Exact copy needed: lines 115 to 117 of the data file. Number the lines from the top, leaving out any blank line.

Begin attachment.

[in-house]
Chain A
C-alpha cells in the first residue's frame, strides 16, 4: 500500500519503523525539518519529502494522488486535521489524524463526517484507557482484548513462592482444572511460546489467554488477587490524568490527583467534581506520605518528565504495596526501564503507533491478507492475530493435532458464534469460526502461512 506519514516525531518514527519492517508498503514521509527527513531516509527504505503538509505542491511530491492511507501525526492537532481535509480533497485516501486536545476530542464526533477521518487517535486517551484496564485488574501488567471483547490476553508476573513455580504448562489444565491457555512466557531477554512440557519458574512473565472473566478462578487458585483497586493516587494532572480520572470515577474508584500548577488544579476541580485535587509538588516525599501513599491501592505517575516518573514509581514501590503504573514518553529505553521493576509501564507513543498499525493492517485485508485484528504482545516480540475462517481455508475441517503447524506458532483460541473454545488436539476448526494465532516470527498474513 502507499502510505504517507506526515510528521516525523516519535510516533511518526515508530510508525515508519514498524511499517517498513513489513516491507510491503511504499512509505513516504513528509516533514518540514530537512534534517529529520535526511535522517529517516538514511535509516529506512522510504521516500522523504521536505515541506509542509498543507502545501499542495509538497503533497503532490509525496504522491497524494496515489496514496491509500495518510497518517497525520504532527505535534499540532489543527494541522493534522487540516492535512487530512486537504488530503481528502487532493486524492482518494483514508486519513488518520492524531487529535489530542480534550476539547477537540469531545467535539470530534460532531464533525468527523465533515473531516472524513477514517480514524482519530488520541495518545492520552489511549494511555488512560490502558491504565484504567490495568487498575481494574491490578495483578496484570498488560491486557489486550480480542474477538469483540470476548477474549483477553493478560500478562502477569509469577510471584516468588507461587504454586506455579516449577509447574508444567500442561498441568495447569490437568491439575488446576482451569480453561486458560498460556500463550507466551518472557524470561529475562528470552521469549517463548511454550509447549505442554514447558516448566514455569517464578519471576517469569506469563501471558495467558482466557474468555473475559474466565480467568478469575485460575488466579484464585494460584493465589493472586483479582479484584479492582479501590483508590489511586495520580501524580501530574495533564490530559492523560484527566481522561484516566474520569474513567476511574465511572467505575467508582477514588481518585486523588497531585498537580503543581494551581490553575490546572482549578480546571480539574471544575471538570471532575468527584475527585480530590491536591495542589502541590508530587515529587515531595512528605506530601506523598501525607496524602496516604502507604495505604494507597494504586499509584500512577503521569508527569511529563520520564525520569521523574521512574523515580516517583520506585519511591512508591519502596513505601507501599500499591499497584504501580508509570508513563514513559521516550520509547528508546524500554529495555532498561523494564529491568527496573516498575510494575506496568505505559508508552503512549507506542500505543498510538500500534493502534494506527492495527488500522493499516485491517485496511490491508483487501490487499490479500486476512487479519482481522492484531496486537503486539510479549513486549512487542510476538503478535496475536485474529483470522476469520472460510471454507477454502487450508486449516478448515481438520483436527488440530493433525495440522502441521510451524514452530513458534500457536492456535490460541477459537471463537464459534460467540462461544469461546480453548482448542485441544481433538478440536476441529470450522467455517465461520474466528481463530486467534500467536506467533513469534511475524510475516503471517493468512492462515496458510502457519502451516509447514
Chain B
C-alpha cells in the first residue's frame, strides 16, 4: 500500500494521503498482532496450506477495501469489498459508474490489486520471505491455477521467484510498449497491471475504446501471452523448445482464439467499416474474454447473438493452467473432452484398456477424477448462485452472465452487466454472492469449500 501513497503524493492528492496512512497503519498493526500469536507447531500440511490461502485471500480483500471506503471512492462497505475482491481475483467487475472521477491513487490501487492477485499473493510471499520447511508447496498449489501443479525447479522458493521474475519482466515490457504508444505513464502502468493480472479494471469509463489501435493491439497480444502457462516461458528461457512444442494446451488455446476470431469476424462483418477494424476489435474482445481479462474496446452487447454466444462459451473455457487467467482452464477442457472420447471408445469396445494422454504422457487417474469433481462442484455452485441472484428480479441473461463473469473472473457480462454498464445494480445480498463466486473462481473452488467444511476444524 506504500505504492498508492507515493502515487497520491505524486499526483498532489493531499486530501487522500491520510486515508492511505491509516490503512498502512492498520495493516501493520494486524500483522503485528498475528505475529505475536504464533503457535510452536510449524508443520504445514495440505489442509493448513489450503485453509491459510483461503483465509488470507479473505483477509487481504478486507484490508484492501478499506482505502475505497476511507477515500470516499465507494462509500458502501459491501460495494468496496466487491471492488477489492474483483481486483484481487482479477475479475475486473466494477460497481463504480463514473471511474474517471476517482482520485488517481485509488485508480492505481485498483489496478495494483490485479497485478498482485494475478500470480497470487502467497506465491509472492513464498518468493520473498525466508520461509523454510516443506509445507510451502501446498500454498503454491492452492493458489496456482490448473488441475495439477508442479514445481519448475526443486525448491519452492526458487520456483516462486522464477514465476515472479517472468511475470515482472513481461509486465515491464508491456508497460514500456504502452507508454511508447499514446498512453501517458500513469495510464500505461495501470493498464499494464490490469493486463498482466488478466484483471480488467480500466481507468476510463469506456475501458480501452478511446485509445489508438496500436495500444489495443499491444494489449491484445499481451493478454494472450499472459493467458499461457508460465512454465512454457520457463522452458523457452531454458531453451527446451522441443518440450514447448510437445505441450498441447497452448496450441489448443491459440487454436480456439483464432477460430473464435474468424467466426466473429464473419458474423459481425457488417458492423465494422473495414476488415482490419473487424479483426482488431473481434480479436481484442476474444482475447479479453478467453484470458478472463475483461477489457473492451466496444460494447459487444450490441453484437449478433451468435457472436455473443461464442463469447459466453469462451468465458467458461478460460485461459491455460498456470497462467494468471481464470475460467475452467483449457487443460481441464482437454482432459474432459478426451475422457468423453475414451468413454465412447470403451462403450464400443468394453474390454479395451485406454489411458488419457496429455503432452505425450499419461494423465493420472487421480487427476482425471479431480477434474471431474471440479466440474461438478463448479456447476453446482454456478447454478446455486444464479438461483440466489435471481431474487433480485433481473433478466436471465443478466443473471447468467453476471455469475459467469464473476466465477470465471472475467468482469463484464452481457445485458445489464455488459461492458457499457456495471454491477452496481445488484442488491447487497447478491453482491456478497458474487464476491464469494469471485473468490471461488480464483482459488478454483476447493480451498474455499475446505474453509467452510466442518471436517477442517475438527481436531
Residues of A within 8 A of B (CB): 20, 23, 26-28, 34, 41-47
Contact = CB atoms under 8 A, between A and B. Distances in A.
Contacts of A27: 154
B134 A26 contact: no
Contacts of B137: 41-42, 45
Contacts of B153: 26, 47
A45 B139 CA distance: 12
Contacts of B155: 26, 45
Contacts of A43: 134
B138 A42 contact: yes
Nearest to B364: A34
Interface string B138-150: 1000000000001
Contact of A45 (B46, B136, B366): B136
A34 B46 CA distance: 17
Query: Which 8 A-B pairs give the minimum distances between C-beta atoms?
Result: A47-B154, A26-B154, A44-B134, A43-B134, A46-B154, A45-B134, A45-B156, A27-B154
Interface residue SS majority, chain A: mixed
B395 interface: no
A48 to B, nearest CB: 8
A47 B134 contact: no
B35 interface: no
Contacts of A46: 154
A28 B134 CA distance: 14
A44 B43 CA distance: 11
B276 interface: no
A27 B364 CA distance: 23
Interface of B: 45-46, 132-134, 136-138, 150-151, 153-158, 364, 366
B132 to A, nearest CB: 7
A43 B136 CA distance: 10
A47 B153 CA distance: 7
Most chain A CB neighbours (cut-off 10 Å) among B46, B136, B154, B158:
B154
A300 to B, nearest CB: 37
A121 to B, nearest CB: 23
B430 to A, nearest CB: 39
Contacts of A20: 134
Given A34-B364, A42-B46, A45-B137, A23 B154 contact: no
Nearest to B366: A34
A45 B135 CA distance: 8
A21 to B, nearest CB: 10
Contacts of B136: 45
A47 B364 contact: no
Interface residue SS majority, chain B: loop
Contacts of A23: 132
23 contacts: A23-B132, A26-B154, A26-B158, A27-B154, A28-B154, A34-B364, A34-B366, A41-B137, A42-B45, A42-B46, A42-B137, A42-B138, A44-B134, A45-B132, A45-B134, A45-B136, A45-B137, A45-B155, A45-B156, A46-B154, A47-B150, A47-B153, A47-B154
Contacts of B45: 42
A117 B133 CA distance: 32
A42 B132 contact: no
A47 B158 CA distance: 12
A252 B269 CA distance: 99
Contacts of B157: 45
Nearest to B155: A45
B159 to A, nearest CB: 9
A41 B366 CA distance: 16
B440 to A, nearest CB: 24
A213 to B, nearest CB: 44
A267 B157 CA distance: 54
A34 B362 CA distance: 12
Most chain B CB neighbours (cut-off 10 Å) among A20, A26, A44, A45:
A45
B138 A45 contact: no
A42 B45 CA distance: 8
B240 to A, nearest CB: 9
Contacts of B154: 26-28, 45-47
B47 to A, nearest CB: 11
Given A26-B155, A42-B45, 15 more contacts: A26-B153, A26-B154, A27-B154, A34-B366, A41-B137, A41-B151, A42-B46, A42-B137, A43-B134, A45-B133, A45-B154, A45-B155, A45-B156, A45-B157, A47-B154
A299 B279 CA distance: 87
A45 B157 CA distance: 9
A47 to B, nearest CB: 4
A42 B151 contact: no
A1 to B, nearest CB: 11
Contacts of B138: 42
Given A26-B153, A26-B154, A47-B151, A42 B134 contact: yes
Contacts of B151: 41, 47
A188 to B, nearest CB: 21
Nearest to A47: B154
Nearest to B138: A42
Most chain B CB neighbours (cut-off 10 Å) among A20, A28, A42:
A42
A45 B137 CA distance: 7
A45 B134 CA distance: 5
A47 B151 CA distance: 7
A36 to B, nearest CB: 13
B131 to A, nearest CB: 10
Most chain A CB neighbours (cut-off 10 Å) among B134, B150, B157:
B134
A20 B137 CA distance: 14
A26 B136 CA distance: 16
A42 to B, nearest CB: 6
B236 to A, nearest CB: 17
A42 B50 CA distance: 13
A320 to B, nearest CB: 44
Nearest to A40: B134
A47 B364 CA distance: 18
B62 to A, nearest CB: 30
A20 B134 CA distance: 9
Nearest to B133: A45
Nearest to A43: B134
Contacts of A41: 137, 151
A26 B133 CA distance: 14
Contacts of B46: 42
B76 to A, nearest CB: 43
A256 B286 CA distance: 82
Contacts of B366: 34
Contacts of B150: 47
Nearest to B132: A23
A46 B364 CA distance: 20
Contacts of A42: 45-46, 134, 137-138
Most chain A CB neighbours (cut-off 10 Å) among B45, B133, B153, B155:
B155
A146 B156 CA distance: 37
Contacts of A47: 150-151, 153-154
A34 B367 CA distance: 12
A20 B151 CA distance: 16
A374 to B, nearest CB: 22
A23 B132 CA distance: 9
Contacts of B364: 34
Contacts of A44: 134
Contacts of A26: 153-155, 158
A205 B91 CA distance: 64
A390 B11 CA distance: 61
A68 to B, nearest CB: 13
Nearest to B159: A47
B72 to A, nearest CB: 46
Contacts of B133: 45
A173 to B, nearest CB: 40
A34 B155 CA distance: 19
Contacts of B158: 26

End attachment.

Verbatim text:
B155
A146 B156 CA distance: 37
Contacts of A47: 150-151, 153-154